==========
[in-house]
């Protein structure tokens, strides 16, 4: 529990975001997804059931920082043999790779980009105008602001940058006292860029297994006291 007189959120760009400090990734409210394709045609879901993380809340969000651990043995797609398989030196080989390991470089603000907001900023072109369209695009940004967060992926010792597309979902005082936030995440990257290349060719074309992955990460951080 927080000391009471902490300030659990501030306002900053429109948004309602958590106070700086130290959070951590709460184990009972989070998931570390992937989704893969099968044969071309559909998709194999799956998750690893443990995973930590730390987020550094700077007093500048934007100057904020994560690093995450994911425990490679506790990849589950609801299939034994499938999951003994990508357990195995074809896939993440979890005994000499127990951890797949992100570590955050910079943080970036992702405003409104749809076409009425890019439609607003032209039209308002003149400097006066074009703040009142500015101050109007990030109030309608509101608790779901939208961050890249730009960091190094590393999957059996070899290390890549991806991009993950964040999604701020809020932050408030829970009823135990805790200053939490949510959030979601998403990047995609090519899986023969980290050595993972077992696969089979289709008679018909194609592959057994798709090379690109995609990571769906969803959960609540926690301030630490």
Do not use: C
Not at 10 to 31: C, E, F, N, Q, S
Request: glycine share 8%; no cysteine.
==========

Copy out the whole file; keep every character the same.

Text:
[in-house]
């Protein structure tokens, strides 16, 4: 529990975001997804059931920082043999790779980009105008602001940058006292860029297994006291 007189959120760009400090990734409210394709045609879901993380809340969000651990043995797609398989030196080989390991470089603000907001900023072109369209695009940004967060992926010792597309979902005082936030995440990257290349060719074309992955990460951080 927080000391009471902490300030659990501030306002900053429109948004309602958590106070700086130290959070951590709460184990009972989070998931570390992937989704893969099968044969071309559909998709194999799956998750690893443990995973930590730390987020550094700077007093500048934007100057904020994560690093995450994911425990490679506790990849589950609801299939034994499938999951003994990508357990195995074809896939993440979890005994000499127990951890797949992100570590955050910079943080970036992702405003409104749809076409009425890019439609607003032209039209308002003149400097006066074009703040009142500015101050109007990030109030309608509101608790779901939208961050890249730009960091190094590393999957059996070899290390890549991806991009993950964040999604701020809020932050408030829970009823135990805790200053939490949510959030979601998403990047995609090519899986023969980290050595993972077992696969089979289709008679018909194609592959057994798709090379690109995609990571769906969803959960609540926690301030630490």
Do not use: C
Not at 10 to 31: C, E, F, N, Q, S
Request: glycine share 8%; no cysteine.